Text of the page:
Blog Post

Latvia in the Eurozone: A Bet with No Upside

The euro does not help Latvia, but could hurt it. The Eurozone is not helped by Latvia, but Latvian entry could create new problems. The best scenario is that no one does worse than the status quo after Latvia joins the Eurozone. So why the rush for Latvia to become the 18th member of the Eurozone?

By: Date: June 13, 2013 Topic: European Macroeconomics & Governance

The euro does not help Latvia, but could hurt it. The Eurozone is not helped by Latvia, but Latvian entry could create new problems. The best scenario is that no one does worse than the status quo after Latvia joins the Eurozone. So why the rush for Latvia to become the 18th member of the Eurozone?

Latvia has just emerged from a wrenching experience. Having lived beyond its means for years—the current account deficit in 2007 was nearly 25 percent of GDP – a crisis was inevitable. From a peak in 2007, GDP fell 20 percent to the bottom in 2010 and the unemployment rate reached nearly 20 percent. Through this free fall, the Latvian authorities stuck to their commitment of maintaining the lats at a fixed parity with euro.  That decision was controversial. Many argued, on the basis of good evidence, that allowing the lats to depreciate would have been the better of the two unhappy options. But to the Latvian authorities, maintaining the exchange rate commitment was paramount. The strongest economic reason for staying with the parity was the fear of so-called balance sheet effects: the burden of euro-denominated debts may have been overwhelming for the holders of a highly depreciated lats. While it will be many years before output and employment recover to pre-crisis levels, the worst is over. Indeed, investors have been happy to buy Latvian debt at increasingly higher prices.

The argument for now adopting the euro is that the commitment to the fixed exchange rate would become irrevocable. And, presumably, access to the European Central Bank’s vast liquidity pool is a plus. Moreover, the European Commission’s assessment is that Latvia is ready to adopt the euro by virtue of its low inflation and low public deficit—and that these are durable achievements.

But the economics does not favor euro adoption by Latvia. The Latvian authorities are giving up the extremely valuable option of floating their exchange rate at a future time. And what may be the offsetting gain? Establishing policy credibility is not one of them. Having proven to the world that Latvia will endure the most intense economic pain to preserve its exchange rate parity, why is a further commitment needed? If the argument is that a future government may be irresponsible and the country may be faced with a new crisis, it is presumptuous to judge that the floating option will not be right one at that time. Binding a future government in this manner is particularly overreaching given how little Latvian public support there is today for a move into the Eurozone.

Two of the last five new entrants into the Eurozone are facing critical problems. True, every unhappy country has its own story to tell. But it is remarkable how entry into the Eurozone spurs reckless banking. Cyprus and Slovenia may each have their own history to blame, but it cannot be a coincidence that they share with earlier members the experience of banking sectors gone out of control—banking sectors that are now in the intensive care of the Eurozone authorities. Perhaps, it is the knowledge that the ECB stands behind them that induces such wanton behavior.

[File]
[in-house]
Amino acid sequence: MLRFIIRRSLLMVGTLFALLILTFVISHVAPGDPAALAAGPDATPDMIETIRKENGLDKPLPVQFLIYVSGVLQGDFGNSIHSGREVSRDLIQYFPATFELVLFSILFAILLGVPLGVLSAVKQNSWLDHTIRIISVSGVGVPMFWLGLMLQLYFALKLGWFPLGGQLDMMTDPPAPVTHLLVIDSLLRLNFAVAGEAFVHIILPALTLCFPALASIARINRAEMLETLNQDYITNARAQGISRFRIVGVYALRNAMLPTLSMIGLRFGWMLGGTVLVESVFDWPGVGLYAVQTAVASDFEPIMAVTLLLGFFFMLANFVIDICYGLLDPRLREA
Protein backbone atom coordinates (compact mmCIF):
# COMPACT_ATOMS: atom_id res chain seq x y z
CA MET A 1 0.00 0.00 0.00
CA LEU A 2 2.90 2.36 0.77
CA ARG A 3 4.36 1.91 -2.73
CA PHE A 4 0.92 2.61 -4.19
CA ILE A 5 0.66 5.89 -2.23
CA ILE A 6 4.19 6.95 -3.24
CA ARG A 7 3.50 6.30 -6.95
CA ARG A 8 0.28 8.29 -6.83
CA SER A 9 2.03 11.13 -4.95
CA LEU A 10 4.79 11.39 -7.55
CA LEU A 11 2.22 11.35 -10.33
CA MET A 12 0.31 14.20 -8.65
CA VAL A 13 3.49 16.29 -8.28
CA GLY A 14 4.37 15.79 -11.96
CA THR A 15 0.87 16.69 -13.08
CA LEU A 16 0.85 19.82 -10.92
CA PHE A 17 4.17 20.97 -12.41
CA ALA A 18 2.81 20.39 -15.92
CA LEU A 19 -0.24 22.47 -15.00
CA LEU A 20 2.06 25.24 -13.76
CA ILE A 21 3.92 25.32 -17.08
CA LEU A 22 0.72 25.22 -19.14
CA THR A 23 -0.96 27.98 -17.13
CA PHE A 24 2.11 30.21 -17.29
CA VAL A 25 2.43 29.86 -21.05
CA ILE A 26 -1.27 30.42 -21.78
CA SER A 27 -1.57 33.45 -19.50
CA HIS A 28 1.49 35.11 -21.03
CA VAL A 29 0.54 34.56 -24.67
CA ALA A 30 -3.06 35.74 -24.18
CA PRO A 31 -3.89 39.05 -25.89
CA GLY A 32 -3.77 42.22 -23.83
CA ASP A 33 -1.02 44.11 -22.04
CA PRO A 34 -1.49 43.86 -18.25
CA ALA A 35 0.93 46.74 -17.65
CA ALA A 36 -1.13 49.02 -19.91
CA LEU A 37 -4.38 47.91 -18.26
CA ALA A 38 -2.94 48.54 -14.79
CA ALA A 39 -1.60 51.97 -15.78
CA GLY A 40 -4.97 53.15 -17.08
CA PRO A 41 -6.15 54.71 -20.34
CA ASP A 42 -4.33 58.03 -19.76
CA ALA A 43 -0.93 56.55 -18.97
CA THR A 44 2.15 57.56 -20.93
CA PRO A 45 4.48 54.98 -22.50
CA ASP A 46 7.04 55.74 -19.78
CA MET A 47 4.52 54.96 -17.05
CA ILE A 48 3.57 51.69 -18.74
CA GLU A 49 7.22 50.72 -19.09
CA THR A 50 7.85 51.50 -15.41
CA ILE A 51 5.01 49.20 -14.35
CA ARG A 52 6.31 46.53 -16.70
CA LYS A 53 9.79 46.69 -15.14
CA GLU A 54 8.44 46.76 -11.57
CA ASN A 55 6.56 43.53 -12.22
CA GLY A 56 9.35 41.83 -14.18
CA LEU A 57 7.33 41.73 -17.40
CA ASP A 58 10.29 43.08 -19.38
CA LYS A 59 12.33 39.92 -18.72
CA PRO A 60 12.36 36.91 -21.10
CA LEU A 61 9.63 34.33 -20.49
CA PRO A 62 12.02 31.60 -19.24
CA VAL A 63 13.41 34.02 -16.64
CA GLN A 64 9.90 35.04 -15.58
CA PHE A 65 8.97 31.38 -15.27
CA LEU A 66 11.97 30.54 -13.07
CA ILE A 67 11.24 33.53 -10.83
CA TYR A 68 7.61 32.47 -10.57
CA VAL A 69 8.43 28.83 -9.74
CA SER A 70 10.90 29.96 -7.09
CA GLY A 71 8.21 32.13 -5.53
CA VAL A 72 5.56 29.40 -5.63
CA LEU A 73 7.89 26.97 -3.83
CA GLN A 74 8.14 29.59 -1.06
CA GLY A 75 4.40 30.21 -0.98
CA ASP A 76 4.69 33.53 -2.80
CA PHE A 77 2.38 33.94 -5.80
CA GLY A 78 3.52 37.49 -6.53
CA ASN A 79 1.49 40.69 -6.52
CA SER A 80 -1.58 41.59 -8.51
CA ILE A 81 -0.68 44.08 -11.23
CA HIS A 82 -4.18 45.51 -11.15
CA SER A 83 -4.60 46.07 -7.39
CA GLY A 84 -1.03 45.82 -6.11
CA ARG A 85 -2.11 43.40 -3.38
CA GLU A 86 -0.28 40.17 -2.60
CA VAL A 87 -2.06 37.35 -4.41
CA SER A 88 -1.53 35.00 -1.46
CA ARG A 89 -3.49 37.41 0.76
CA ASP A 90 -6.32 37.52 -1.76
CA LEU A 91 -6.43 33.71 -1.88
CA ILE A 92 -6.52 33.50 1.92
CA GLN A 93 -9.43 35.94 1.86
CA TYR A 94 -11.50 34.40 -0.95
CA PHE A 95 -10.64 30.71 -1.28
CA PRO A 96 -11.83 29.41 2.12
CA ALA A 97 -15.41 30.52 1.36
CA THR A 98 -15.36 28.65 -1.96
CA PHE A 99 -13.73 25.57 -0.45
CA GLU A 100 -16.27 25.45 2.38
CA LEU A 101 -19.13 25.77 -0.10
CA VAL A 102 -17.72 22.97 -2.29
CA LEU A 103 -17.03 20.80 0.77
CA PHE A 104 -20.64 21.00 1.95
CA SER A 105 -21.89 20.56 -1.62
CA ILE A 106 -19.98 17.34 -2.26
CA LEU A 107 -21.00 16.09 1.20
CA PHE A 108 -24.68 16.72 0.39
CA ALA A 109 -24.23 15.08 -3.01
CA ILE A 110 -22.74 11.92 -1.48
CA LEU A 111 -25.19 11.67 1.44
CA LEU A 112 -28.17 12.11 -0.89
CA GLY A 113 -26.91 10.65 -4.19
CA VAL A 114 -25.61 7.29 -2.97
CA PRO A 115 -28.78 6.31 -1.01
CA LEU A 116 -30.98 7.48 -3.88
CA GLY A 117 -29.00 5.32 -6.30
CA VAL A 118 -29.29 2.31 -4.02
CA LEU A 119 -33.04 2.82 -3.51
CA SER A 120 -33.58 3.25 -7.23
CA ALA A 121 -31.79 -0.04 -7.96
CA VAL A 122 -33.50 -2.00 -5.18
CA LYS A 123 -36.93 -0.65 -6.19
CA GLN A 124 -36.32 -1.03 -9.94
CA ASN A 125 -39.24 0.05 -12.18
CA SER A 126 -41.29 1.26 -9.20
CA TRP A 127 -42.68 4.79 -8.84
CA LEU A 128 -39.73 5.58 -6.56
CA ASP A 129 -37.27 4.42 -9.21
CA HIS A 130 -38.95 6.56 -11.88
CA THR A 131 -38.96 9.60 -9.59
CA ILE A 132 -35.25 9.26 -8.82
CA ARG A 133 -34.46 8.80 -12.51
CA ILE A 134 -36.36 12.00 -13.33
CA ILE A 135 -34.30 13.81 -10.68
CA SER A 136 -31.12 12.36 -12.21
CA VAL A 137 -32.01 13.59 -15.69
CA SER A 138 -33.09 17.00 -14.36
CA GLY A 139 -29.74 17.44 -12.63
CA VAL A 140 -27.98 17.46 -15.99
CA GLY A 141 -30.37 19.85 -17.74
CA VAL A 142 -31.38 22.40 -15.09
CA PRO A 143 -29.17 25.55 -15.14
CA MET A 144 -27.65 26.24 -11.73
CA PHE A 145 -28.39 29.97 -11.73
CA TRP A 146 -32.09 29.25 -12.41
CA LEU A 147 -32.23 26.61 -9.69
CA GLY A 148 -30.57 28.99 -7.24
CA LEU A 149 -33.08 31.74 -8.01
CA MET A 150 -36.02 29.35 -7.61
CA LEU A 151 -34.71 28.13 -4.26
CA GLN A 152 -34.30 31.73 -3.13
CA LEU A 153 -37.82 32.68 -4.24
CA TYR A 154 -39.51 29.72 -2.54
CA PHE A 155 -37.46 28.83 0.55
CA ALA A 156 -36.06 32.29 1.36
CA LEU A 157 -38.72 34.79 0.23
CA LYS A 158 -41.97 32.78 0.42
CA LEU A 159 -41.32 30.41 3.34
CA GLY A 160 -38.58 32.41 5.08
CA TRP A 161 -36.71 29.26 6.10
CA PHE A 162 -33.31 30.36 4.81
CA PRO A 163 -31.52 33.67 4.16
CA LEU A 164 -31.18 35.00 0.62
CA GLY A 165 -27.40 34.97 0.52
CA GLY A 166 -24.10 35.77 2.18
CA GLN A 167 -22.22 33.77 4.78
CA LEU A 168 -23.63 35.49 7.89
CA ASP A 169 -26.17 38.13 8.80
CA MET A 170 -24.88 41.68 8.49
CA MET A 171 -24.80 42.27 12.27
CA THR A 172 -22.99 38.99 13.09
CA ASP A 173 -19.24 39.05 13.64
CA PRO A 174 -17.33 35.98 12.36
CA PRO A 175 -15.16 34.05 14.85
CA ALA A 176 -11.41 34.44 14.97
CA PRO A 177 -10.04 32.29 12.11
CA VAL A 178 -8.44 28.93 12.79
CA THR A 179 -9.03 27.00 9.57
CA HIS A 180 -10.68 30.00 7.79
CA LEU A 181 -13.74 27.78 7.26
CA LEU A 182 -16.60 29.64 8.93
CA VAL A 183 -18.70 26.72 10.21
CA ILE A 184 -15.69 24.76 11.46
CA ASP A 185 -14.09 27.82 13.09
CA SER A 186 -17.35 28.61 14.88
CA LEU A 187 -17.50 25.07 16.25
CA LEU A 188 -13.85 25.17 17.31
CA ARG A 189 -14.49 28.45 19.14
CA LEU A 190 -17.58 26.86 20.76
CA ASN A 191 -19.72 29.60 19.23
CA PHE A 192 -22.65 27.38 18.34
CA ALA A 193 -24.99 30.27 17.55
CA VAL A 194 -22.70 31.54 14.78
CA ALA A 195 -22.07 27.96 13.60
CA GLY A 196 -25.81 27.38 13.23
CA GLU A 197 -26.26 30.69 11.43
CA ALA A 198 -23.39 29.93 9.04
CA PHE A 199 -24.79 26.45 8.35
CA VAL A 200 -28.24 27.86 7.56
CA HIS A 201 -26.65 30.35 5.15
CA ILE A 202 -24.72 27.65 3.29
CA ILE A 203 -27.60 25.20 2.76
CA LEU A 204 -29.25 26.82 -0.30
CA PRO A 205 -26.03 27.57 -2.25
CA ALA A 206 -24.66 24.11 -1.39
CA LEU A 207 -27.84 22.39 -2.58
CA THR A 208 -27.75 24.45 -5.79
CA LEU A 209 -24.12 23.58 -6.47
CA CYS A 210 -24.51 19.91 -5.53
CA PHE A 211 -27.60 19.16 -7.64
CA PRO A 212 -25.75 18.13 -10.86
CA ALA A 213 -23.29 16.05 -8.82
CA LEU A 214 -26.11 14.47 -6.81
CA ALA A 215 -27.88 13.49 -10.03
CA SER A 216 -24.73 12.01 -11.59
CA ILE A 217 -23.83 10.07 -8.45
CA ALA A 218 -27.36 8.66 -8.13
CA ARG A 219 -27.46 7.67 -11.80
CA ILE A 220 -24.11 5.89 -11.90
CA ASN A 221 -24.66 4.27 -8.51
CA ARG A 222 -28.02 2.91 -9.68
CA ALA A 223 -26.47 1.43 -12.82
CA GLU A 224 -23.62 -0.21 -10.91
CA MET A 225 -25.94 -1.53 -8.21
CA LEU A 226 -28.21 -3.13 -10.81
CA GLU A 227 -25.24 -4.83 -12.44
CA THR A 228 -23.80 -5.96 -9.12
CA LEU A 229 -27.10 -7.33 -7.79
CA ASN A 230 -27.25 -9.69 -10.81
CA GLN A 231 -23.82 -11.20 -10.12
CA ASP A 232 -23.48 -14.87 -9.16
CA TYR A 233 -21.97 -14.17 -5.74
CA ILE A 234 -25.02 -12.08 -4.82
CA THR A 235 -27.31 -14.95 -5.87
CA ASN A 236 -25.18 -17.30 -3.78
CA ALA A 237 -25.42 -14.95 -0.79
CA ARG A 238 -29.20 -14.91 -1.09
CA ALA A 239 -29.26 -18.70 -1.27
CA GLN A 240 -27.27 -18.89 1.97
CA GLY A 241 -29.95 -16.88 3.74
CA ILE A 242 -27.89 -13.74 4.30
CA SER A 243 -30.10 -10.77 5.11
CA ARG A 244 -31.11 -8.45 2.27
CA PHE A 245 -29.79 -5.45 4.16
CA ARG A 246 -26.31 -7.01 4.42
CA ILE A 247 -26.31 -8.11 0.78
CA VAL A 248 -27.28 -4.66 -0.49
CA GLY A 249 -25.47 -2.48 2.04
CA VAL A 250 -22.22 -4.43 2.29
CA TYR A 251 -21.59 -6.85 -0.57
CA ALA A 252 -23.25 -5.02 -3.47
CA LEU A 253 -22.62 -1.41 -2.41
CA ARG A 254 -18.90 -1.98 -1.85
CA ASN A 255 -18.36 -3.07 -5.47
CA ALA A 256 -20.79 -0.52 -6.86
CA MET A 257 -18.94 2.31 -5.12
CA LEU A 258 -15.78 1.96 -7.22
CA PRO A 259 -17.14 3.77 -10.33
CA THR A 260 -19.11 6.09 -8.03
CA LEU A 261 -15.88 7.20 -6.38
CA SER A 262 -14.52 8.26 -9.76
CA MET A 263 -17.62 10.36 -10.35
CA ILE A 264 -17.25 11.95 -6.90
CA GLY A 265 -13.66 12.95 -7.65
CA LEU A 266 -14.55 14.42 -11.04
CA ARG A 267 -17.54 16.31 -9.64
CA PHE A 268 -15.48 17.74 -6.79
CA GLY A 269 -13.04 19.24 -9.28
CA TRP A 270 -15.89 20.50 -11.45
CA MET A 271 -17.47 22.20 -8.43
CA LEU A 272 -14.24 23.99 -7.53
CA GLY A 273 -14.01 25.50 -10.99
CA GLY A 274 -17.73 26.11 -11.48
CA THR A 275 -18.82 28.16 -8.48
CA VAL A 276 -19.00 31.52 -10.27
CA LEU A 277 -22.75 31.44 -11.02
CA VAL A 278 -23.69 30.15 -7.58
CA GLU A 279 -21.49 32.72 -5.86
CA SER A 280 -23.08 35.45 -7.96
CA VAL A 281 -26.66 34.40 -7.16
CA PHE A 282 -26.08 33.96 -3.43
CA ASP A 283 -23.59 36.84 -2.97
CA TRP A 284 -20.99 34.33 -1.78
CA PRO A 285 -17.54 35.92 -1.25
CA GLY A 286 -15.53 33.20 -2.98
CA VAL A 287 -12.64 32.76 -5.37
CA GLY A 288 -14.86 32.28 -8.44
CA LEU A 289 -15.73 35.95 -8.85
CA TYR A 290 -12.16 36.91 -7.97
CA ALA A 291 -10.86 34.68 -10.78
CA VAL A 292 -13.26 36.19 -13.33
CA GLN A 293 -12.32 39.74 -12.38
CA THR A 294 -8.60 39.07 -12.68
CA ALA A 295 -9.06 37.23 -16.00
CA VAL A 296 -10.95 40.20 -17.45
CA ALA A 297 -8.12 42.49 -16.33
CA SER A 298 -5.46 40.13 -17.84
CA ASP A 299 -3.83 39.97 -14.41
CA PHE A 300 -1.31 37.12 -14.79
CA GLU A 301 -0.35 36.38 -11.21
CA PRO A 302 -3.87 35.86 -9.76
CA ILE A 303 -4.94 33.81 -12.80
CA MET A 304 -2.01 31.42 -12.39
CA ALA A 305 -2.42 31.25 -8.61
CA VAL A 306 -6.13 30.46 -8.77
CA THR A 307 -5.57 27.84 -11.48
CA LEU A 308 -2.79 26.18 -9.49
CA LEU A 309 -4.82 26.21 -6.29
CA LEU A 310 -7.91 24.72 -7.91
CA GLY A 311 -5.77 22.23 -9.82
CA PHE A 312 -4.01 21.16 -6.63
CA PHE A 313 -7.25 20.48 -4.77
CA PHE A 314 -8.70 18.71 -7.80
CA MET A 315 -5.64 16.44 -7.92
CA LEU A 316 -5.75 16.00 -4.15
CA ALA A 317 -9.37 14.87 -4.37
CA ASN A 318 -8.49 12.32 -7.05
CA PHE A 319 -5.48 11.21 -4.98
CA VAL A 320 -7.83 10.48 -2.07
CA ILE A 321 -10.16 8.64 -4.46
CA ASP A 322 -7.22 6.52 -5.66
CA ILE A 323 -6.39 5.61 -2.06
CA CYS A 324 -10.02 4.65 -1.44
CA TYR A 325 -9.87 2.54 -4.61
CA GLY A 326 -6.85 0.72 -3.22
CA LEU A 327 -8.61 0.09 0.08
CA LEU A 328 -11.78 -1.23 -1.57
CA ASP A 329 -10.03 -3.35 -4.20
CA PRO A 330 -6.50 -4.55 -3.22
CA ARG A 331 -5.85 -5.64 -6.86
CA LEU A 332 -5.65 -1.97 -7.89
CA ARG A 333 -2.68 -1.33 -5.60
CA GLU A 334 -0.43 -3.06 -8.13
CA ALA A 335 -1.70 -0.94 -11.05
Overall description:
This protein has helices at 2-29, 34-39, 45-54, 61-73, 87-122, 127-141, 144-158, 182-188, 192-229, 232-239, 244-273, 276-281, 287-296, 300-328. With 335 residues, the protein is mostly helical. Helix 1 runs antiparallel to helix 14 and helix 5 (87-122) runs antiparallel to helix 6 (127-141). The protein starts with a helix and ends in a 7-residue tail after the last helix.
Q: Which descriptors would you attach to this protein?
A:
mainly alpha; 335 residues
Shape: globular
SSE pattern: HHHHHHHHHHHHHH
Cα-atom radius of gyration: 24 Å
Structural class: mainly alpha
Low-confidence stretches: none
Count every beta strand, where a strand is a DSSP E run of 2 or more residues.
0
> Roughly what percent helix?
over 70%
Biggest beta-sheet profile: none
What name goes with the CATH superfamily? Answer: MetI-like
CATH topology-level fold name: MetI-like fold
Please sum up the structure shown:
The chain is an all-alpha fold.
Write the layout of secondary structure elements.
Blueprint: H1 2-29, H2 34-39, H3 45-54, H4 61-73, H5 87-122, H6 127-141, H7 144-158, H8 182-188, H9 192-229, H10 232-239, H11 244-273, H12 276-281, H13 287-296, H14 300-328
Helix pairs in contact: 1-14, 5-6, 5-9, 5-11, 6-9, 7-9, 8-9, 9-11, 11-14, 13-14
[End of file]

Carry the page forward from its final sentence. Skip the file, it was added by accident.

The admission criteria—low inflation and low public deficits—are poor guides to eventual performance in the Eurozone. Latvia got into trouble in 2008 because it failed the competitiveness test—Latvian demand for foreign goods galloped and was not matched by the world’s demands for Latvian goods and services. Why will that change now? Private sector wages have barely fallen and the current account deficit has disappeared mainly because consumption and imports have collapsed.

More importantly, long-term competitiveness requires a healthy pace of technical change and higher quality products. Olivier Blanchard has pointed out that Latvia’s best hope is its large productivity distance from the world technology frontier, a gap that offers the potential to grow. But Blanchard has also—only recently—chronicled the Portuguese experience, where such potential never blossomed into reality. If Latvia does successfully climb the technology ladder, it will do as well outside of the Eurozone as inside it; but if it fails that bigger competitiveness challenge, it will face an unpleasant rerun of its recent crisis. Again, Portugal offers a warning: the competitiveness problems that forced a painful adjustment under the Exchange Rate Mechanism in 1993 remerged less than two decades later.

Moreover, the Eurozone is itself largely dysfunctional. By the admission of its own stewards, the “monetary transmission mechanism” is inoperative. Put simply, when the ECB changes its interest rates, its member countries feel no impact. It is as if the countries were operating on their own. This may improve with time. Those in the Eurozone have no choice; but does Latvia need to rush into this setting?

Indeed, if there was a moment for Latvia to float its exchange rate, this would be it. Policy credibility is strong, the markets are reassured, and the risk of balance sheet disruptions is minimal. Countries with floating exchange rates in Eastern Europe have, on average, done much better than the fixed rate countries since the start of the crisis. Latvian trade with the Eurozone economies is not especially large and, similarly, it has extensive financial connections outside the Eurozone.

Are there reasons why Latvian entry will help the Eurozone? It is hard to think of any. At best, as a small country, Latvia will have no influence on ECB policy or on the economic and financial conditions of other Eurozone economies. But, Cyprus has only recently demonstrated that even a small country can cause tremors.

If policymaking is in large part the art of risk management, then the decision is simple. There is no evident upside to this initiative. The downside risks today appear small, but those could change quickly and the costs of that unlikely event could be large, especially for Latvia.

Latvia’s integration into Europe must be viewed through the lens of powerful historical forces. For Latvia and for Europe, deeper integration is the only right way to go. But the euro is not evidently the right symbol of that forward movement. The euro is often thought of as a political project, one that will bring the nations of Europe into a greater political union. But Latvia is joining the euro at a moment when history is fiercely contesting the architecture of that greater political vision. Over three-fifths of the Latvian population does not wish to join the Eurozone now. Does that not count?